Research Seminar - Dr Eddie Bruce-Jones, Birkbeck University of London, School of Law
Title: ‘Fleshed in the Emptiness of Folk’: Law, Literature and Indenture
Abstract: The British colonial indentureship period contracted over one million South Asian and East Asian people to carry out mainly agricultural labour in British colonies around the world from the 1830s until the 1920s, crossing over a dozen jurisdictions and involving a range of ethnicities, religions and social castes in the process. This mass migration was administered by both governmental and private entities, and the resulting labour economy was exploited, both politically and financially, by the British ruling classes.
Literary writing on the indentureship period reveals, in contrast to historical or legal writing, what Toni Morrison (1987) and Katherine McKittrick (2006) calls the ‘interior lives’ of migrants and their descendants, who laboured for subsequent generations on sugar and rice estates. Examination of the everyday lives of indentured labourers and their descendants is an important and overlooked window into understanding the indentureship period on a systemic level. Features of international legal concepts, from universality to forms of ethno-national subordination, are present in the mundane, everyday occurrences in the lives of these labourers (L. Eslava & S. Pahuja, 2011). More important, perhaps, are the ways in which descendents of those who migrated experience time and place in their own relationships to indenture history, via a choral and itinerant engagement with memory and ancestry. Literature, with its range of temporal, physical and narratival perspectives, makes this engagement legible, and is thus an indispensible contribution to imagining the indentureship period as it relates to history and legal thought.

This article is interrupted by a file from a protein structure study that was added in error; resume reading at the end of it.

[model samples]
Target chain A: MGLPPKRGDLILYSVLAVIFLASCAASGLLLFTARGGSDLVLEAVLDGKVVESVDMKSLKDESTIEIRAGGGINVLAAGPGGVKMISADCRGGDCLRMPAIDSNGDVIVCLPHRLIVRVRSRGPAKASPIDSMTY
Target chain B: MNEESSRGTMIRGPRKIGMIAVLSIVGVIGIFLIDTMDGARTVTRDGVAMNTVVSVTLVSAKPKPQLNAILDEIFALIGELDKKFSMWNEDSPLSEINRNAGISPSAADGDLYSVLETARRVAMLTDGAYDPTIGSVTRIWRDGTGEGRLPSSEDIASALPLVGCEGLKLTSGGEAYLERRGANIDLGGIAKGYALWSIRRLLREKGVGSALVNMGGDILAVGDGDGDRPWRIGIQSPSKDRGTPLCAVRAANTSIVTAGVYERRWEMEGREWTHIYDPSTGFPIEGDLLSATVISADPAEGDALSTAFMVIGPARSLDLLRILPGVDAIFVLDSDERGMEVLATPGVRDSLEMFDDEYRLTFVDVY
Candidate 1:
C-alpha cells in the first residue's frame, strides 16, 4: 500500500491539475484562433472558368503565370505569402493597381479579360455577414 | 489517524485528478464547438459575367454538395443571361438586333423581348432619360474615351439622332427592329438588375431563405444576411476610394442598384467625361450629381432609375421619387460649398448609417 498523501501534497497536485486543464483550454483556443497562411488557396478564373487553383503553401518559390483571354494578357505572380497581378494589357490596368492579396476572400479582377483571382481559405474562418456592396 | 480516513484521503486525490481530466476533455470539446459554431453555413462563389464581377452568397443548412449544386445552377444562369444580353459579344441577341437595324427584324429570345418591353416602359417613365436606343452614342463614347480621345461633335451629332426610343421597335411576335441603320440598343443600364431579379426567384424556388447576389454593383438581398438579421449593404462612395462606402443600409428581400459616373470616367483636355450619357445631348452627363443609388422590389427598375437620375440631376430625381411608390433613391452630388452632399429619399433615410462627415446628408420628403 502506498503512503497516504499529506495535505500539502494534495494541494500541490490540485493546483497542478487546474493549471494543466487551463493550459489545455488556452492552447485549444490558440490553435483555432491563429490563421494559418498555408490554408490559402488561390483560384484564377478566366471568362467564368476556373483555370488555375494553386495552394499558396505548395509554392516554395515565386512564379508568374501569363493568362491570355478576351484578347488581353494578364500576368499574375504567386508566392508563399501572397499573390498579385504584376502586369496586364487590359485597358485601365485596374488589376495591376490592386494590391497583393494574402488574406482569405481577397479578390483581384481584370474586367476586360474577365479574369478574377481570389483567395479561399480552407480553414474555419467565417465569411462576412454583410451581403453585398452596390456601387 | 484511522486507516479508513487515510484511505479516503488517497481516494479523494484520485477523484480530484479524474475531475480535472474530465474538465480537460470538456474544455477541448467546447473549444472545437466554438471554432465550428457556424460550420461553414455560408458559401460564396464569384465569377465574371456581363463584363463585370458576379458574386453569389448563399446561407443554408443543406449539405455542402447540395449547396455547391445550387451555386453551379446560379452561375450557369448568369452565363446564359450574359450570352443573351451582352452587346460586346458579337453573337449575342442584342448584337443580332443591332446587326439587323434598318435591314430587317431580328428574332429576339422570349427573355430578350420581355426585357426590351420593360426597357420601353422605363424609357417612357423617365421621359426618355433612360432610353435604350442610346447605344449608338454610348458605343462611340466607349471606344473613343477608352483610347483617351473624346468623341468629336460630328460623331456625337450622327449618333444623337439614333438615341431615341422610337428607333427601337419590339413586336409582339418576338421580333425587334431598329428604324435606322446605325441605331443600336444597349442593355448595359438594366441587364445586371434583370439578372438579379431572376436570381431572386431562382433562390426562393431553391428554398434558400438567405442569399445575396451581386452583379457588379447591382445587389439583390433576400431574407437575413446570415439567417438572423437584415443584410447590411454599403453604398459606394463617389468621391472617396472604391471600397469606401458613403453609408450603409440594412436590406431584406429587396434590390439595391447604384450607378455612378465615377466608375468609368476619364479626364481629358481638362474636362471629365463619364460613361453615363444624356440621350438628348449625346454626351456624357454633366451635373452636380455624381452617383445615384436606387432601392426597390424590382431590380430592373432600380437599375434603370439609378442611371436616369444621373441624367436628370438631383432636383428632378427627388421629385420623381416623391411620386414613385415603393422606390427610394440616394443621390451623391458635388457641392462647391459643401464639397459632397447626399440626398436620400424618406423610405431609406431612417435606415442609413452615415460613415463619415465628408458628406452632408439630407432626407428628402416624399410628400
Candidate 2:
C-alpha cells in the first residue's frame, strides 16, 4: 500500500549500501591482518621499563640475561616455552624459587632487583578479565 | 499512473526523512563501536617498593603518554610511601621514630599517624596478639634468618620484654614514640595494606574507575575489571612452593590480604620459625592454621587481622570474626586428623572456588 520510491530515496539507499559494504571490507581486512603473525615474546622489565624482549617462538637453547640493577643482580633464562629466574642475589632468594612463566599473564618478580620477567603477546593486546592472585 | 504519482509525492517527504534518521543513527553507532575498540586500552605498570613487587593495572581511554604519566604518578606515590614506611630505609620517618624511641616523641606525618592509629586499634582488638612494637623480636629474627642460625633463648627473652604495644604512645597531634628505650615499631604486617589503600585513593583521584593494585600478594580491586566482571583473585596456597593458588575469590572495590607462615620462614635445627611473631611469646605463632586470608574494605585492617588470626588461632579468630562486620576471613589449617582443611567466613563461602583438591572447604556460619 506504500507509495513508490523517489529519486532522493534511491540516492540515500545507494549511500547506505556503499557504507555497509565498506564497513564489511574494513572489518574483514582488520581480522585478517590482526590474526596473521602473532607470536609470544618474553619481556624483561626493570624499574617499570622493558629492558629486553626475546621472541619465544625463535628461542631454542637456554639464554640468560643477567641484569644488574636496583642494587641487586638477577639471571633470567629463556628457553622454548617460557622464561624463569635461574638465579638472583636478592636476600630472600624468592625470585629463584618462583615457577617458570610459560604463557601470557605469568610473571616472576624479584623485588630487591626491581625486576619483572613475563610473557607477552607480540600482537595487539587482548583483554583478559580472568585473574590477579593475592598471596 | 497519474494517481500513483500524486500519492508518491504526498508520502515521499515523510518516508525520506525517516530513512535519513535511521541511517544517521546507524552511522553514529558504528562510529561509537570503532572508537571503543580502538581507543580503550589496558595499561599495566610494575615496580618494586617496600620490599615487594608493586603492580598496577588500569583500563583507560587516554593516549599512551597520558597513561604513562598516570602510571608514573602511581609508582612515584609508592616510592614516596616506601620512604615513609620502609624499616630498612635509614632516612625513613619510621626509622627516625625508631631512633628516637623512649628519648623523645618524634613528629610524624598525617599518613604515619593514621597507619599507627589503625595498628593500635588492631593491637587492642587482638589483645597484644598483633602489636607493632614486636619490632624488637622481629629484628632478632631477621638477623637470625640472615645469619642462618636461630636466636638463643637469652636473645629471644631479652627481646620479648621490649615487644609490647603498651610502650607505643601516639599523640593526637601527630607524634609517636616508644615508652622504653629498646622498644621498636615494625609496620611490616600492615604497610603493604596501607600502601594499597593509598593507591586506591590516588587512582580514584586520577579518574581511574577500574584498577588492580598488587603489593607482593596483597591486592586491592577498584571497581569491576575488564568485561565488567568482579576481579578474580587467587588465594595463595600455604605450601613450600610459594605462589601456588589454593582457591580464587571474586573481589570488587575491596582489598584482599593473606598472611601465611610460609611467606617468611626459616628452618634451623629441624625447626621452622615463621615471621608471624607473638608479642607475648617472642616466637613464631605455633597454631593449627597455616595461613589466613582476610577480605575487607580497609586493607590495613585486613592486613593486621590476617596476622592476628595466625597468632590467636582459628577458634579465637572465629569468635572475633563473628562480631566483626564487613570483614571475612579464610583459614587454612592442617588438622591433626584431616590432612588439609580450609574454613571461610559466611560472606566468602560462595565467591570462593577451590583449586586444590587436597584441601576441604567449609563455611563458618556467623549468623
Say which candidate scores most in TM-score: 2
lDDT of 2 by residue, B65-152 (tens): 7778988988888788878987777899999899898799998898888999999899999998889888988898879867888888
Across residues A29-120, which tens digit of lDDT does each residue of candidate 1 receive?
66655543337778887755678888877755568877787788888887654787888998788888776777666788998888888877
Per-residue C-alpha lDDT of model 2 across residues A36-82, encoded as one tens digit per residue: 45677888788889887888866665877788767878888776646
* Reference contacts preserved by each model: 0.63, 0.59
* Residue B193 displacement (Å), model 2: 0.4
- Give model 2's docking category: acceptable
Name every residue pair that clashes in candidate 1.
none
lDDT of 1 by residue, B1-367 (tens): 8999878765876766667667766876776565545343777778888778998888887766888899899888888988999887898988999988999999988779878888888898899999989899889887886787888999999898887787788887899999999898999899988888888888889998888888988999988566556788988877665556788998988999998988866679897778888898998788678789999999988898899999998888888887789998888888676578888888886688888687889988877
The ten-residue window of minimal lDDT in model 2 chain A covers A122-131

The first part of this paper examines concepts of TWAIL in several literary texts on the indenture period from India and the Caribbean, including Amitav Ghosh’s novel A Sea of Poppies, and the poetry of David Dabydeen and Mahadai Das. The second part of the paper examines the relationship between imagery of the living, the dead, and the inanimate, the present, the absent, and the spectral in the negotiation of the global labour economy of indenture and its aftermath. To this end, the paper seeks to underscore the role of the international legal order in shaping the everyday lives of the labourers and their descendants. It also aims to, through reading the silences of administrative records, depict the reconfiguration of time, space and location by way of an intergenerational awareness—one that is keenly aware of the continuities of colonialism in the present day.